The Domar Center for Mind/Body Health at Boston IVF
I was at a Boston IVF/IVF New England “Egg Freezing Event” last night.
This was an information session for women who are interested in potentially freezing their eggs to preserve their fertility. It was held at a bar in Cambridge, was very well attended, and the participants listened attentively to the two infertility specialists as they took turns describing the process needed to freeze one’s eggs. I was there to talk briefly about the psychological aspects of egg freezing and I also served as the moderator.
One of the infertility doctors, Dr. Brian Berger, said something which really caught my attention. He was talking about why a woman would make the decision to freeze her eggs and he said that it was about avoiding regret.
He said that the majority of the women he sees currently as infertility patients are there because of egg quality issues due to their age. The patients he is seeing now should not have regret about not freezing their eggs because the technology to freeze eggs wasn’t available five or ten years ago, when his current patients would have been younger and had higher quality eggs.
But he was basically saying that young women might well have regret five or ten years from now if they don’t freeze their eggs now and then have infertility issues when they are in their late 30’s or early 40’s.
As a psychologist, I see patients with regret every day. I even wrote a book proposal a few years ago in an attempt to write a book on how to live a regret-free life. Unfortunately, publishers didn’t see a need for such a book, but that doesn’t mean it isn’t a crucial life issue.
We make decisions every single day, and our goal should be to do our best to make decisions we are least likely to regret.
This is how I counsel patients on how to make the best decisions; which path is the one you are least likely to regret in the future?
Research shows that we are far more likely to regret not doing something than we are to regret doing it and it not working out. So when I counsel patients who are going through infertility, that is the path I take.
Thinking about the decision(s) facing you, when you think back five or ten or forty years from now, which decision is the one you are least likely to regret? Which decision is the one which is least likely going to have negative consequences long-term, not just for the next week or month or year?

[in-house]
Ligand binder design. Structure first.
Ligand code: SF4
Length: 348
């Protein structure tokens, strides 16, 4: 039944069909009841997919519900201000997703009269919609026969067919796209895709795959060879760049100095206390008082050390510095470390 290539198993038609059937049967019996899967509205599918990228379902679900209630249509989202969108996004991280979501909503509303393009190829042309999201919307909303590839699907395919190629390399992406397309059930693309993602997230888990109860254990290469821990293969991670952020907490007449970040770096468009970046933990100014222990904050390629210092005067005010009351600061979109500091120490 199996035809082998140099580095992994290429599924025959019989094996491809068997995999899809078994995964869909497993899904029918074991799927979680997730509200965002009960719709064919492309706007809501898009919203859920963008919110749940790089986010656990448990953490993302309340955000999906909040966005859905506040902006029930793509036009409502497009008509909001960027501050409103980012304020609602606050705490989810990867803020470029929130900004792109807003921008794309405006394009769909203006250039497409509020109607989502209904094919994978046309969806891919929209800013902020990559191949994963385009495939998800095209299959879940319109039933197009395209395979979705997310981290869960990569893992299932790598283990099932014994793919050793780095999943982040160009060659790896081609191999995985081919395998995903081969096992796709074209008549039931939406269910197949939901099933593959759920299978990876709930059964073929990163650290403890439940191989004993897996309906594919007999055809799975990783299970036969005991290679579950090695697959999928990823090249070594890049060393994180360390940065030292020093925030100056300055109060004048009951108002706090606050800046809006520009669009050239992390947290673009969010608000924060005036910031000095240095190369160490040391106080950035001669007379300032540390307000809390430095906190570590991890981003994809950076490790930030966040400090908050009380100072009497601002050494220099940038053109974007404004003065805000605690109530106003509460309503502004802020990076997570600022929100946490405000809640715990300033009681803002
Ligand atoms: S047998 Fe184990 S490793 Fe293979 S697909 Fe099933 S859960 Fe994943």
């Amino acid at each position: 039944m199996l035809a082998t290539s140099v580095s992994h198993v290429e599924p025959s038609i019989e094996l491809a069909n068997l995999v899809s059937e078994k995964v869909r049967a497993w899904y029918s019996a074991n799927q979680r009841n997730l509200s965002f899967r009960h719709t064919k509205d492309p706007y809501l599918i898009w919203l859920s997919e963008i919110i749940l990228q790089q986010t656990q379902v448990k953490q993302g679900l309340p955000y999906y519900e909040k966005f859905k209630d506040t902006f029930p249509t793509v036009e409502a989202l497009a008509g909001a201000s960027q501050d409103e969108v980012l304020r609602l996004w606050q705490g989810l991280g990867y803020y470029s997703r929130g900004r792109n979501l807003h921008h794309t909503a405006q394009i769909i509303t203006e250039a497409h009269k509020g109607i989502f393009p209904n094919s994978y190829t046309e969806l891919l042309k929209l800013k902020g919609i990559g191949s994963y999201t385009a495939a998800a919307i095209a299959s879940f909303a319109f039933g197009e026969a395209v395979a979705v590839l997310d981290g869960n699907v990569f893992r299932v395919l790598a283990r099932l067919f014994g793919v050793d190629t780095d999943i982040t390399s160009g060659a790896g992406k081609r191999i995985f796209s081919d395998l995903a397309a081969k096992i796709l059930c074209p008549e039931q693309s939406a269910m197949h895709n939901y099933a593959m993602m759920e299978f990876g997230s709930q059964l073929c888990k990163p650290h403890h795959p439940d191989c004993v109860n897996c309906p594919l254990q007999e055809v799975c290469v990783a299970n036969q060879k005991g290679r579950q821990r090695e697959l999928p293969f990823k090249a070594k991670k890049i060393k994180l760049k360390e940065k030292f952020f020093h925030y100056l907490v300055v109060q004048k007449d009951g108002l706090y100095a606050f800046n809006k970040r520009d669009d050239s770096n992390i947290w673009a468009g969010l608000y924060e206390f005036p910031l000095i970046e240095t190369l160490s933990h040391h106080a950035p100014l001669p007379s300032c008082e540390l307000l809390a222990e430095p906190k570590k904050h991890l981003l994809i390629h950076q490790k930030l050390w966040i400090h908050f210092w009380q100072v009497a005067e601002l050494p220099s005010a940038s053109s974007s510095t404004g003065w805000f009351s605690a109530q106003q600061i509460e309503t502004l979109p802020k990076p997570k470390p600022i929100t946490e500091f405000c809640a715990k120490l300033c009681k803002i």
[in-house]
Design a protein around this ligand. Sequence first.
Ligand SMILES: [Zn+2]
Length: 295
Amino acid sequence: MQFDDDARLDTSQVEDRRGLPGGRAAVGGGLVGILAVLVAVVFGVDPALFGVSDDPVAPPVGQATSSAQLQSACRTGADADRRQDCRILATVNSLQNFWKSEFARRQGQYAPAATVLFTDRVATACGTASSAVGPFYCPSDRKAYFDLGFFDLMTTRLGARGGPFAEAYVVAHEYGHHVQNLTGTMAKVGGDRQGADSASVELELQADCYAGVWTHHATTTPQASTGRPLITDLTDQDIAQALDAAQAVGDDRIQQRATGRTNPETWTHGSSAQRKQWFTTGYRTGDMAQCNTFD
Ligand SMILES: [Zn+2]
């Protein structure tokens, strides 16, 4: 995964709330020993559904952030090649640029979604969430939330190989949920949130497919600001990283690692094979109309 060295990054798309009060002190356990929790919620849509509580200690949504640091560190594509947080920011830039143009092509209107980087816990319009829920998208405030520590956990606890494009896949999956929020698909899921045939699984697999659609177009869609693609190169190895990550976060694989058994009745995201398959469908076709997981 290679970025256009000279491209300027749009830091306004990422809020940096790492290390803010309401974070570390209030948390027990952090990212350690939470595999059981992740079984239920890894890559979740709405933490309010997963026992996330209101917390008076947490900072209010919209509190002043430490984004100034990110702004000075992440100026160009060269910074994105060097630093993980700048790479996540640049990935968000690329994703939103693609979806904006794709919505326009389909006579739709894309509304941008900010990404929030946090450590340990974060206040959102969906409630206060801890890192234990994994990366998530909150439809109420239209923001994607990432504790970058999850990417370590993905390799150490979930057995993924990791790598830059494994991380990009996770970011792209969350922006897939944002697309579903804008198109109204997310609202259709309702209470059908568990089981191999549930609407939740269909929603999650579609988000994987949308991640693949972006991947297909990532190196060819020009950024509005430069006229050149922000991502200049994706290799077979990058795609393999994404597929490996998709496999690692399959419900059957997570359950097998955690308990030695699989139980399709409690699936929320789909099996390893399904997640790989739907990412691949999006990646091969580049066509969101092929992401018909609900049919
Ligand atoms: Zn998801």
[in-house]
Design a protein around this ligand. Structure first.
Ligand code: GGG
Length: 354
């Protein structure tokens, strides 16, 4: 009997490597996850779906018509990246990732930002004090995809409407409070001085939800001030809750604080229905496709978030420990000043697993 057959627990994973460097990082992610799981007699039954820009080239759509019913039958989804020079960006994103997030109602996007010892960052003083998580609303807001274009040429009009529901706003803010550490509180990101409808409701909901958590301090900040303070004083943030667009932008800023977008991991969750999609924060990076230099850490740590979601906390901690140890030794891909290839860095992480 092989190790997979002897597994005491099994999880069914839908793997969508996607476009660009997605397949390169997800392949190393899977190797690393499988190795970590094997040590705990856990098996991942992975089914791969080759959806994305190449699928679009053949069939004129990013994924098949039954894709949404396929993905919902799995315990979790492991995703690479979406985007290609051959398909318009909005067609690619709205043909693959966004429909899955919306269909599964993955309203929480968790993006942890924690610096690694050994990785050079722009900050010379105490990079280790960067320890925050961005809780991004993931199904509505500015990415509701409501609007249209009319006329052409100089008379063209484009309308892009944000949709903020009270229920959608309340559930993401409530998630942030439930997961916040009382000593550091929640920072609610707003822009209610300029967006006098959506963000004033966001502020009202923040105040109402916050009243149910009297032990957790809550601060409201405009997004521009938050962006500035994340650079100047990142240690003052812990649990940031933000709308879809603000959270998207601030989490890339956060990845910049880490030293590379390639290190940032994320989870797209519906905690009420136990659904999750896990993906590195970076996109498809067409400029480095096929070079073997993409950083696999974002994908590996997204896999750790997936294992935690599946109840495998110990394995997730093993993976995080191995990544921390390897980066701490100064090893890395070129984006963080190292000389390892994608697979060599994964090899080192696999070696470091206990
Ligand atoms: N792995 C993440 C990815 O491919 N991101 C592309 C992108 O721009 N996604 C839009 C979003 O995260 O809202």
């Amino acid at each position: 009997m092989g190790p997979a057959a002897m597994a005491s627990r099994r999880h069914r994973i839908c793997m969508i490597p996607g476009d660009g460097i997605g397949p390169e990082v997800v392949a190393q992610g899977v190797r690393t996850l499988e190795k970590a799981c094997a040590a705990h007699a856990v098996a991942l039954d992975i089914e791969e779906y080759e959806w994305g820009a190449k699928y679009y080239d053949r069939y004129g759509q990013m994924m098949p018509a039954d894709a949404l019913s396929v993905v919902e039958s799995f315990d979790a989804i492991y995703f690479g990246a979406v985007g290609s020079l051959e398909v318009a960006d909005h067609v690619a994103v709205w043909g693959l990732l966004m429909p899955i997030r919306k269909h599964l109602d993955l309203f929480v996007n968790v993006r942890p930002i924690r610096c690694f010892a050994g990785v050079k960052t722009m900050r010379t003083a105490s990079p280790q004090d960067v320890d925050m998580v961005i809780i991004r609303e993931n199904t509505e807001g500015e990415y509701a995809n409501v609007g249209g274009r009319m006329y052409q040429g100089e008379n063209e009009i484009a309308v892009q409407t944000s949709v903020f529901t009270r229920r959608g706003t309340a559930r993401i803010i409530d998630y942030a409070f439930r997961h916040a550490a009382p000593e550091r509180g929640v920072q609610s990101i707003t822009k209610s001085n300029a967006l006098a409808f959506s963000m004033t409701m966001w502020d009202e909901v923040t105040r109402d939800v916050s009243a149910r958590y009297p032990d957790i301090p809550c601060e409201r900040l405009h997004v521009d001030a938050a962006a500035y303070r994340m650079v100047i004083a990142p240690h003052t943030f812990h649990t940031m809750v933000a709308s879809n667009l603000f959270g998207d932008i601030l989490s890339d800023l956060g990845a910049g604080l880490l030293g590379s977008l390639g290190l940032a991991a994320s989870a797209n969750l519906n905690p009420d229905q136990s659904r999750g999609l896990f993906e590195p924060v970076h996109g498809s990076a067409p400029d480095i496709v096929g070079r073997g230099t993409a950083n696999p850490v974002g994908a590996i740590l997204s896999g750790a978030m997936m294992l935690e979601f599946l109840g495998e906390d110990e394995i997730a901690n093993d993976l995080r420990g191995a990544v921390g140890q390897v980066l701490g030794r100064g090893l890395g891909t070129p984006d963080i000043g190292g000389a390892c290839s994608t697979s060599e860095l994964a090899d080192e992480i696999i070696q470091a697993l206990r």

Thinking about these questions and answering them thoughtfully and honestly gives you the best chance to make decisions you won’t regret, now or in the future.
To learn more about Boston egg freezing egg head over to www.fertilitytrust.com
ABOUT ALICE DOMAR
Alice D. Domar, PhD is a pioneer in the application of mind/body medicine to men’s and women’s health issues. She not only established the first Mind/Body Center for Women’s Health, but also conducts ongoing ground-breaking research in the field. Her research focuses on the relationship between stress and different women’s health conditions, and creating innovative programs to help women decrease physical and psychological symptoms.
Dr. Domar received her M.A. and Ph.D. in Health Psychology from Albert Einstein College of Medicine/Ferkauf School of Professional Psychology of Yeshiva University. Her post-doctoral training was at Beth Israel Hospital, Deaconess Hospital, and Children’s Hospital, all in Boston.
She has conducted research on infertility, breast cancer, menopausal symptoms, ovarian cancer, and premenstrual syndrome. Dr. Domar has earned an international reputation as one of the country’s top women’s health experts.
She is currently the Executive Director of the Domar Center for Mind/Body Health, and the Director of Mind/Body Services at Boston IVF. She is an assistant professor of Obstetrics, Gynecology, and Reproductive Biology at Harvard Medical School, and a senior staff psychologist at Beth Israel Deaconess Medical Center.
Dr. Domar has compiled an impressive list of accomplishments as a best-selling author, media authority and sought-after public speaker. She is the author of numerous books, on the advisory board for Parents Magazine, Health Magazine, Conceive Magazine, and Resolve, and on the Board of Experts for LLuminari. Two of her books have been finalists for the Books for a Better Life Award. She was also the Series Editor for a series of mind/body books by Harvard Medical Publications/Simon and Schuster. She is the narrator of the DVD’s “Stress and Relaxation Explained” and “Infertility Explained”, both of which won silver Telly Awards. Dr. Domar has appeared on the Today Show, Good Morning America, CBS This Morning, Dateline NBC, CNN, PBS, and the CBS and NBC Evening News, to name a few. She presents lectures and conducts workshops throughout the US and around the world and went on tour with Oprah in the spring of 2004 and 2005 with the LLuminari team. Dr. Domar was named to the prestigious list of 15 “Women to Watch in 2004″ by Lifetime TV. Her newest book is “Be Happy Without Being Perfect” (Three Rivers Press, March, 2009) and she is currently working on a new book, co-authored with Dr. Susan Love, called “Live a Little” (Crown, December, 2009). She is also a featured expert on the new online social health network BeWell.com.